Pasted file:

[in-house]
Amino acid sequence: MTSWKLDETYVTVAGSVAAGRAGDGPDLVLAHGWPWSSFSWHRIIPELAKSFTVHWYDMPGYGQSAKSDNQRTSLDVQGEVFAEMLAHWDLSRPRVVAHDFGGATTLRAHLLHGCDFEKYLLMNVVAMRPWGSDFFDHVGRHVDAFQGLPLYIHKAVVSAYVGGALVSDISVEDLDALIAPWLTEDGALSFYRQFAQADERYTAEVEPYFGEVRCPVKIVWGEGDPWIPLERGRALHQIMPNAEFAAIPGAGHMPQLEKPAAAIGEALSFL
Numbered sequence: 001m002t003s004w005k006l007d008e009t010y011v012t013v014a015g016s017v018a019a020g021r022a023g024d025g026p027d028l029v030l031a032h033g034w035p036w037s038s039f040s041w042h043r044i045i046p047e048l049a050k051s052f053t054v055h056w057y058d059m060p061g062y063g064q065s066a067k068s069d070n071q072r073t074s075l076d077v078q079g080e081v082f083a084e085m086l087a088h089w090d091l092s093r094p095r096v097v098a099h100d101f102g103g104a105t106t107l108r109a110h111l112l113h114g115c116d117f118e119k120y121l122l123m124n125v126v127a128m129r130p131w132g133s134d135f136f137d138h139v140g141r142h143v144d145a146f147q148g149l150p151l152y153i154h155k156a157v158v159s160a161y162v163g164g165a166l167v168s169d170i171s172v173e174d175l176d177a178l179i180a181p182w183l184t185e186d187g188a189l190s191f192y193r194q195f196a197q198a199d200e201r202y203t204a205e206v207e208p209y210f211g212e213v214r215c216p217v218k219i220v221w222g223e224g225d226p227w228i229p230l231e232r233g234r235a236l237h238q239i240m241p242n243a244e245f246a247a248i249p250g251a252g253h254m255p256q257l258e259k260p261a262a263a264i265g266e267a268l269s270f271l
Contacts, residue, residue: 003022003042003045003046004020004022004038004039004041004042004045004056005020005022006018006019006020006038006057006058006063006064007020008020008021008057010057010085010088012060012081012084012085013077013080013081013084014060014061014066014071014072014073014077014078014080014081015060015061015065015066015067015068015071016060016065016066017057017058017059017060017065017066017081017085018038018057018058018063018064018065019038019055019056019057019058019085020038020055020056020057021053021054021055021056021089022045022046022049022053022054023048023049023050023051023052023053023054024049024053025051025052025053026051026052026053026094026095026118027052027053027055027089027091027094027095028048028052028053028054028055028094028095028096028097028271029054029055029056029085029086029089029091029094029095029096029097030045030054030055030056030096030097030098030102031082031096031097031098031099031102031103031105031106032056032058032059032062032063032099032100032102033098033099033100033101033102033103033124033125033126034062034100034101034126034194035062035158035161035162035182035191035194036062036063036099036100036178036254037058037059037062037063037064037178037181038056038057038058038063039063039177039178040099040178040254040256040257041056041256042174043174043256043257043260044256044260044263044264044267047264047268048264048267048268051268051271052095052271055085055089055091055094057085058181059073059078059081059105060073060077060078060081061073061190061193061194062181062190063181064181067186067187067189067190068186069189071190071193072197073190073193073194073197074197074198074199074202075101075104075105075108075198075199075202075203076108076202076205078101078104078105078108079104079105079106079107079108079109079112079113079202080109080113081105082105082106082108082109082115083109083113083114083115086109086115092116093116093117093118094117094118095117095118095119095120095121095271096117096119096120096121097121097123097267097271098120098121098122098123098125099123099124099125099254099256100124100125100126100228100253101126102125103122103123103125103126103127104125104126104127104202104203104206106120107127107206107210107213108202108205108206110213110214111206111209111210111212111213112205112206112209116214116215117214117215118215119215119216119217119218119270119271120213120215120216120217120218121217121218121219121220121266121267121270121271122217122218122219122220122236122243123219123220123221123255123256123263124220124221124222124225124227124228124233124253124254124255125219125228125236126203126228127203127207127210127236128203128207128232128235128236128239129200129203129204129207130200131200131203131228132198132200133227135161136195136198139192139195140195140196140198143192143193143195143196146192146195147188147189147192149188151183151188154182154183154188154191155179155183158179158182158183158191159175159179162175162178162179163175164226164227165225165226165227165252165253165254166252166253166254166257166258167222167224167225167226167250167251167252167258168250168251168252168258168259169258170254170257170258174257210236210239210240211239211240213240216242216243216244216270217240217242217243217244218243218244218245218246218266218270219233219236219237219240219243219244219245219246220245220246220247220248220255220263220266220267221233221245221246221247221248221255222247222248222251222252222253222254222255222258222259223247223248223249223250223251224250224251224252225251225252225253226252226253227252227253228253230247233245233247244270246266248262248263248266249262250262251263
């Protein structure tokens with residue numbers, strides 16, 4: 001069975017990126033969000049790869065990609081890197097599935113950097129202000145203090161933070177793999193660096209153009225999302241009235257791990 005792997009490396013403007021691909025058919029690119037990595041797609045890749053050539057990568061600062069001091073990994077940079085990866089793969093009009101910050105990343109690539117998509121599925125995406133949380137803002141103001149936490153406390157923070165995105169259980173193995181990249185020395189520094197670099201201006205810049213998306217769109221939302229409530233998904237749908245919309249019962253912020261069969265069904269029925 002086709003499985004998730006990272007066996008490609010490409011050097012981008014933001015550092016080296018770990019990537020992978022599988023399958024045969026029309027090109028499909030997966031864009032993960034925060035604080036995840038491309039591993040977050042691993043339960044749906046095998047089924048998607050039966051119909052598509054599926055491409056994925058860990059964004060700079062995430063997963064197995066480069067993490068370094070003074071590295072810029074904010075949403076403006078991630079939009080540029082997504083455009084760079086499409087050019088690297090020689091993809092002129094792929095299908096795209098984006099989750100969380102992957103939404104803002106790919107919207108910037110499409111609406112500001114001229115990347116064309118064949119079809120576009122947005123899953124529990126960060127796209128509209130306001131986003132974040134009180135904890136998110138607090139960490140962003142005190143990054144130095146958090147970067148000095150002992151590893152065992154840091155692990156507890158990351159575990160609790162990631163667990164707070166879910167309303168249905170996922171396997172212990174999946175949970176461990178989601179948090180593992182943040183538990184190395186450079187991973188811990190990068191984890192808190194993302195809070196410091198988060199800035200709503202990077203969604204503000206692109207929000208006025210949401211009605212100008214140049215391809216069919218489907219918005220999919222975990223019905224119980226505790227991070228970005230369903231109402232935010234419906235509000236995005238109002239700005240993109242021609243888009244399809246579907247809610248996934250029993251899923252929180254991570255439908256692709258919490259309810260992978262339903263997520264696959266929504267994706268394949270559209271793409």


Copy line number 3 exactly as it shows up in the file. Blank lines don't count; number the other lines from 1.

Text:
Numbered sequence: 001m002t003s004w005k006l007d008e009t010y011v012t013v014a015g016s017v018a019a020g021r022a023g024d025g026p027d028l029v030l031a032h033g034w035p036w037s038s039f040s041w042h043r044i045i046p047e048l049a050k051s052f053t054v055h056w057y058d059m060p061g062y063g064q065s066a067k068s069d070n071q072r073t074s075l076d077v078q079g080e081v082f083a084e085m086l087a088h089w090d091l092s093r094p095r096v097v098a099h100d101f102g103g104a105t106t107l108r109a110h111l112l113h114g115c116d117f118e119k120y121l122l123m124n125v126v127a128m129r130p131w132g133s134d135f136f137d138h139v140g141r142h143v144d145a146f147q148g149l150p151l152y153i154h155k156a157v158v159s160a161y162v163g164g165a166l167v168s169d170i171s172v173e174d175l176d177a178l179i180a181p182w183l184t185e186d187g188a189l190s191f192y193r194q195f196a197q198a199d200e201r202y203t204a205e206v207e208p209y210f211g212e213v214r215c216p217v218k219i220v221w222g223e224g225d226p227w228i229p230l231e232r233g234r235a236l237h238q239i240m241p242n243a244e245f246a247a248i249p250g251a252g253h254m255p256q257l258e259k260p261a262a263a264i265g266e267a268l269s270f271l